Wizard World 2014: Chesnut Hill's Eric 'Smoke' Moran is king of cosplay

Eric "Smoke" Moran holds a prop gun from his Warhammer cosplay. Moran has over 200 different cosplay costumes. (Andrew Thayer / Staff Photographer)
Eric "Smoke" Moran holds a prop gun from his Warhammer cosplay. Moran has over 200 different cosplay costumes. (Andrew Thayer / Staff Photographer)
Posted: June 19, 2014

HIS LIVING ROOM was a bit disheveled, the victim of last-minute haste. An enormous stack of silver and red sat in the corner. At the top was the square, metallic-blue helmet of Optimus Prime, overlooking the house with its antennae-like ears pointed upward.

It was just four days until Wizard World Philadelphia and Eric "The Smoke" Moran was making the final alterations to his new lineup of costumes with the same fervor and excitement of a believer on Christmas Eve.

In the basement of his Chestnut Hill townhouse, all four walls are covered with film posters, drawings and action figures - most still in their original packing. To the left of the television and every relevant video-gaming console is an electric-blue Star Trek uniform. Moran, 44, is a cosplayer - a man who decided that "costuming" for comic conventions was the best way to show his fandom.

Moran has loved comics since he was a toddler, when he would sneak into his oldest brother's room and snatch them from their hiding place under the pillow. The youngest Moran was always enamored with his comic heroes and their super sense of vigilantism. But even more than Batman and Captain America, he idolized his brothers. Following in their paths, he became this country's closest kin to Superman: a Marine.

In his "first uniform," Moran served from 1989 to 1992 and fought as part of Operation Desert Shield in Iraq. When he left the military, Moran became a professional wrestler under the ring name the Smoke. Fans as far as Oregon have recognized him for his time as a pro wrestler. (At 6 feet 2 with bulging arms, his 8-foot-tall Optimus Prime costume fits him better than you might think.) But his wrestling days are behind him and Moran's fame now comes from his role in the cosplay community.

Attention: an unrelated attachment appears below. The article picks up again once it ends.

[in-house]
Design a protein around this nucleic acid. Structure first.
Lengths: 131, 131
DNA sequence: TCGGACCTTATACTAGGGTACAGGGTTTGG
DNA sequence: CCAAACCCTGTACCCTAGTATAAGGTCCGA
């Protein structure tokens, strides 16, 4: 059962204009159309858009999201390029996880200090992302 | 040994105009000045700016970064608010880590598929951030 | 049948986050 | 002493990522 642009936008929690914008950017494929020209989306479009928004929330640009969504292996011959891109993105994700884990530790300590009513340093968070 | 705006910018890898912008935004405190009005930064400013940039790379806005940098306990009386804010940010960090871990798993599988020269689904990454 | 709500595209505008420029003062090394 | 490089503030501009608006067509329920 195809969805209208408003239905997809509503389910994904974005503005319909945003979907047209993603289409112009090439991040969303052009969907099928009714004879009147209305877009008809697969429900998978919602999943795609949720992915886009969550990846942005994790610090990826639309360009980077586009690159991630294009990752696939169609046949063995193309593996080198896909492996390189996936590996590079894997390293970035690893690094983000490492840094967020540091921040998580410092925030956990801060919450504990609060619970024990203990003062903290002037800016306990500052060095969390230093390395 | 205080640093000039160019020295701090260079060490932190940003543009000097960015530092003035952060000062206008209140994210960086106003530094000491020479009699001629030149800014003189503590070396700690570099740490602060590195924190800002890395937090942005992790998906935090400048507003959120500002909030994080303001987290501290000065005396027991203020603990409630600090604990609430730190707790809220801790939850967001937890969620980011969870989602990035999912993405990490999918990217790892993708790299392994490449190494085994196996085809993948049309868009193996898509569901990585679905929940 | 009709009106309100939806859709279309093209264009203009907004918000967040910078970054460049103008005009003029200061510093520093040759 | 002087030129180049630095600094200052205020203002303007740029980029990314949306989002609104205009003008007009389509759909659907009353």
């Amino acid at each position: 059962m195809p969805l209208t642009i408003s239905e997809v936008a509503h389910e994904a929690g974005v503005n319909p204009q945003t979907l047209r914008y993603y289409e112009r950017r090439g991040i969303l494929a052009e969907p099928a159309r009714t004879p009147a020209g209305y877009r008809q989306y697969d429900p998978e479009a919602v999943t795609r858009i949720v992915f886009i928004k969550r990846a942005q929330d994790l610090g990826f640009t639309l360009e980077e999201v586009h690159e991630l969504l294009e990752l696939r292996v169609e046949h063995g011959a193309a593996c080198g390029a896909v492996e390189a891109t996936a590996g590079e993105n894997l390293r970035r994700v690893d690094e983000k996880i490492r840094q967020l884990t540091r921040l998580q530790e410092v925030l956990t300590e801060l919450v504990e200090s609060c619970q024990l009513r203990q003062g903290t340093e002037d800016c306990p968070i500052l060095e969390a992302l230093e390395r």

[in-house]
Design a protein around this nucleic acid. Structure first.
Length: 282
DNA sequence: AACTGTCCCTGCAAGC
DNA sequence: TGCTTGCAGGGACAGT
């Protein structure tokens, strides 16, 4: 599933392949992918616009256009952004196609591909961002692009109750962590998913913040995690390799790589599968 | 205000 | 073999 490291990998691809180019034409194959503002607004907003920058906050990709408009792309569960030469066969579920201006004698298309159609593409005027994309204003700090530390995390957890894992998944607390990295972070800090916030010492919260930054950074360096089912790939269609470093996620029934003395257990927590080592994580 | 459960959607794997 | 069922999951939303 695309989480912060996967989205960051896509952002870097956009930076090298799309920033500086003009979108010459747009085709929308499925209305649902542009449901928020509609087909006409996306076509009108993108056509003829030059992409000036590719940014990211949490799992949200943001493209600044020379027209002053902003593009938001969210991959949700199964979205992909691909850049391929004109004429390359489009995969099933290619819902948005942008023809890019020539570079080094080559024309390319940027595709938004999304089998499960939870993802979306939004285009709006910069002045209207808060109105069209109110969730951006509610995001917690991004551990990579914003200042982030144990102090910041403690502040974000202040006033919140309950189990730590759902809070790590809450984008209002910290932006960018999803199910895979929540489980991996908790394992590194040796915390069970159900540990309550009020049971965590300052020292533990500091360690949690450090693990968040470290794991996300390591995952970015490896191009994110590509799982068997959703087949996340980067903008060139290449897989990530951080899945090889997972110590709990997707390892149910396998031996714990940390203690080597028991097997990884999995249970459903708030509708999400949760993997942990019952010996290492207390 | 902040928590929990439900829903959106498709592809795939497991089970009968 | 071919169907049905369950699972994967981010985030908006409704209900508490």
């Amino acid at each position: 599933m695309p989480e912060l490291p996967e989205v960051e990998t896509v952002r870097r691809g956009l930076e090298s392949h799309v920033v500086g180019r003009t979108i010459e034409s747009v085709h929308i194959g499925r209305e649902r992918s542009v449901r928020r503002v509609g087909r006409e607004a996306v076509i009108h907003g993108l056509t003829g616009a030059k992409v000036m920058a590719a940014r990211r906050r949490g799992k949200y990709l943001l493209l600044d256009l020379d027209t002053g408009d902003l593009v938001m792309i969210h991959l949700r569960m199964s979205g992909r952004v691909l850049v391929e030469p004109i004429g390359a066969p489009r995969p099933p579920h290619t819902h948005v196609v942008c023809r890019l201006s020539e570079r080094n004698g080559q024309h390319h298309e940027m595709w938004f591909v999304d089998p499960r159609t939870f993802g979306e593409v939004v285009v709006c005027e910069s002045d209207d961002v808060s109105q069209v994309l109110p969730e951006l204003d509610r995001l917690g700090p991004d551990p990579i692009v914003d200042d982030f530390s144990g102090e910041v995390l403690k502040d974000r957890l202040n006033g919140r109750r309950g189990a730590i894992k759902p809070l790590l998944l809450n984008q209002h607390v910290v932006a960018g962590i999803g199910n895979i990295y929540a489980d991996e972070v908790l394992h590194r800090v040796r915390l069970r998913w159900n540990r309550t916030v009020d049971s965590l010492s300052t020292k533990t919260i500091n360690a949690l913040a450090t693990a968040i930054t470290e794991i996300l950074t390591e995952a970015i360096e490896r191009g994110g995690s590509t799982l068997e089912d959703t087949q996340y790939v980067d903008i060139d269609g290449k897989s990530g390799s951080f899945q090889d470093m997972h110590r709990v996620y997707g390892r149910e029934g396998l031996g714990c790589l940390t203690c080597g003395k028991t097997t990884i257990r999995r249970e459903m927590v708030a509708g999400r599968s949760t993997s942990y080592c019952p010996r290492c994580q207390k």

The list of sci-fi celebrities that have admired Moran's work has grown long and illustrious. He was giddy recounting the time he dressed as Worf at a Star Trek convention in the '90s and the character's original actor, Michael Dorn, gave him "the nod" of approval.

Last Christmas, Moran sent DC Comics co-publisher and longtime friend Dan DiDio a card wishing him a happy holiday. DiDio replied with a special holiday present that sent ripples through the cosplay world. DiDio changed the alias of the DC character Freight Train to Eric Moran. Just as Bruce Wayne is Batman by night, Eric Moran is now Freight Train when trouble is afoot.

"You're officially a DC comic-book character," he said. "I'm like, oh my God."

Moran has spent thousands of dollars and countless hours to get to this point, always striving to materialize an idea that "no one's ever touched on." At Wizard World, he will debut eight costumes, two each day. These costumes will be a mere supplement to the two films he'll debut at the convention: "The Deep End," a spinoff of the "Dredd" film series, as well as a new episode of the Dr. Who/Torchwood crossover "Legacy." Both titles are produced by Moran's Together Brother Productions.

Moran will appear on discussion panels for both projects and will also lead the Wizard World costume contest.

"It doesn't matter if store-bought, doesn't matter if it's homemade, as long as you're having fun and you're embracing the character that you're doing," Moran said. "I always promote positivity and try to inspire others no matter what weight, age, gender, size."

At every turn, Moran has had a strong supporting cast of his own. His mother, a seamstress, never discouraged her son's hobby, especially as she saw it eventually earn him a spot in "Heroes of Cosplay" on the Syfy channel. Moran's father didn't mind what his son did as long as it made him happy. Both of Moran's brothers remain an inspiration, even after his oldest brother died from an injury he suffered in the Marine Corps. Moran's twin sister, who worked for Marvel, is certainly on his side. Even his 22-year-old daughter is considering trying on a few costumes herself.

Moran's wife of two years, Yahne, is a cosplayer, too, and she doesn't mind when he turns the living room into a costume workshop. "She totally gets it," Moran said.

For the man who celebrates Halloween just about every day, this weekend will be Christmas in June.

"Honey," Moran joked. "I'm going to clean it up after Wizard World."

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